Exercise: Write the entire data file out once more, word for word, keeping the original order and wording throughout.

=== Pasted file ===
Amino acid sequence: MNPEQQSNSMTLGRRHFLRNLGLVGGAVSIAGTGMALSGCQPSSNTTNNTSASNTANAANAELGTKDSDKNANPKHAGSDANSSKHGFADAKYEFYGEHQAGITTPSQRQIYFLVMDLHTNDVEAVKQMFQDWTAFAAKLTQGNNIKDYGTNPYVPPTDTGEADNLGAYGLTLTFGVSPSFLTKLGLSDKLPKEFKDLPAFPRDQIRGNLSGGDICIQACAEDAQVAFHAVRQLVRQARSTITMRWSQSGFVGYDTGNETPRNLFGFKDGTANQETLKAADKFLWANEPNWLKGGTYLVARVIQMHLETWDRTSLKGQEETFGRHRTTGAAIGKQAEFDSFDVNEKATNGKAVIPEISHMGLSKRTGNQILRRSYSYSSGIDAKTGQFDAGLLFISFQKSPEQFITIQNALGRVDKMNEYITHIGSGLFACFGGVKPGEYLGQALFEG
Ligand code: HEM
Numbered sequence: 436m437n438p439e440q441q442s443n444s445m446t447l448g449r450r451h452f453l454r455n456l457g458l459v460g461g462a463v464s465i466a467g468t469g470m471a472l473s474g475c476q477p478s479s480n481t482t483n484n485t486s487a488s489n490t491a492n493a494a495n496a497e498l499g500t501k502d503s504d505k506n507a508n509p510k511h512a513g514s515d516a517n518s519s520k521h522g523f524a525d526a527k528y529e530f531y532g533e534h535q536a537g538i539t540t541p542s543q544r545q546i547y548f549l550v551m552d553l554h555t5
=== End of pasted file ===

Amino acid sequence: MNPEQQSNSMTLGRRHFLRNLGLVGGAVSIAGTGMALSGCQPSSNTTNNTSASNTANAANAELGTKDSDKNANPKHAGSDANSSKHGFADAKYEFYGEHQAGITTPSQRQIYFLVMDLHTNDVEAVKQMFQDWTAFAAKLTQGNNIKDYGTNPYVPPTDTGEADNLGAYGLTLTFGVSPSFLTKLGLSDKLPKEFKDLPAFPRDQIRGNLSGGDICIQACAEDAQVAFHAVRQLVRQARSTITMRWSQSGFVGYDTGNETPRNLFGFKDGTANQETLKAADKFLWANEPNWLKGGTYLVARVIQMHLETWDRTSLKGQEETFGRHRTTGAAIGKQAEFDSFDVNEKATNGKAVIPEISHMGLSKRTGNQILRRSYSYSSGIDAKTGQFDAGLLFISFQKSPEQFITIQNALGRVDKMNEYITHIGSGLFACFGGVKPGEYLGQALFEG
Ligand code: HEM
Numbered sequence: 436m437n438p439e440q441q442s443n444s445m446t447l448g449r450r451h452f453l454r455n456l457g458l459v460g461g462a463v464s465i466a467g468t469g470m471a472l473s474g475c476q477p478s479s480n481t482t483n484n485t486s487a488s489n490t491a492n493a494a495n496a497e498l499g500t501k502d503s504d505k506n507a508n509p510k511h512a513g514s515d516a517n518s519s520k521h522g523f524a525d526a527k528y529e530f531y532g533e534h535q536a537g538i539t540t541p542s543q544r545q546i547y548f549l550v551m552d553l554h555t5